Music has a way of helping us remember…
Greetings Dance Friends,
I was having dinner with my family Sunday evening and realize that the countdown as already begun. When did it become a standard that stores start pushing the Christmas holidays the first of October? Ok, so I’m a little behind the times, it probably has been happening for many years and I just elected to ignore it. So, I will refrain from reminding you that the studio has gift certificates for group or private lessons and that they make GREAT Holiday gifts for friends and loved ones. I will also not mention that a Gift Certificate for a friend, spouse, boyfriend or girlfriend could also mean discounts toward your dance tuition. No, I will wait before telling you that gift certificates are available for purchase through our website or in person at the studio. 🙂
Friday night Mary and I attended the Charlotte Symphony for the first time in many years.
I use to be a regular season ticket holder for the Broadway Lights, which is the Broadway show season. Like everything else, you make choices on where to spend your money and I found dancing to me more entertaining for me. What can I say…? I have always been more of a participant that an observer.
WOW, have you been uptown lately? It has completely changed. There are tons of new restaurants and other activities. However, I digress because we were talking about the Symphony. The evening had a distinctive Spanish feel to it. The various works the orchestra played were designed or modified to feature the violin. One of my all-time favorite operas is “Carmen”. I was happy that one of its most well-known songs “Habanera” was a feature during the evening. Violinist Calin Ovidiu Lupanu showed a true master’s touch as he played a solo throughout the song, being the voice of the piece. This artist did things with a bow and strings that was simply amazing to watch. It was humbling to see a true master artist at work. Another piece that was featured during the evening was music from the ballet “Bolero”. The piece lasted around 20 minutes and it contained a snare drum part that had to be played very precisely. Having played the drums with a band several years back, it can be very tiring work. This musician had to play standing up and carry the tempo completely throughout the whole 20 minutes. I was amazed at his discipline and stamina. Another fantastic part of the piece was the way the rest of the instruments layered the music. The piece started with low horns and brass, then slowly adding higher pitched instruments finally building to a rousing overture with the entire orchestra playing.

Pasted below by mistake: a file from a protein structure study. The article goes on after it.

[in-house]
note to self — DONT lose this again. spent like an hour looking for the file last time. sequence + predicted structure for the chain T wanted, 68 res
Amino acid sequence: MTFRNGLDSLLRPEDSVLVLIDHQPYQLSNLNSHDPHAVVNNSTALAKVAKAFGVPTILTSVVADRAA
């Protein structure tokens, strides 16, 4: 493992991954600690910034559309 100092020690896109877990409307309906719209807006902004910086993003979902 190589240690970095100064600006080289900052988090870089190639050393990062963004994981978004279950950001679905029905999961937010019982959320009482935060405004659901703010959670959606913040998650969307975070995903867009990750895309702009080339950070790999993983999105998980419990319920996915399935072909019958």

Music has a way of helping us remember events and special times.
When I heard “Habanera” begin, it took me back to one of my last performances as an amateur dancer. My partner and I had put together a Paso Doble routine to the song. In the routine, I was performing a cape solo during the first part of the song, which generally starts out slowly. During the second part of the song, the music picks up and becomes faster. At this point my partner enters and we start dancing together. Part of the styling of Paso Doble is that the lady acts as a cape for the man. So as you might imagine, she became the “cape” during the second part of the song. Though I loved that routine, for social dancing I always found that Tango fit the music very well. You’ll have a chance to hear “Habanera” during our Tango class coming up in just a few months.
That is all for this session, we hope you like the new format. Check back for more interesting thoughts on music and dance right here at the Social Dancing for Adults blog.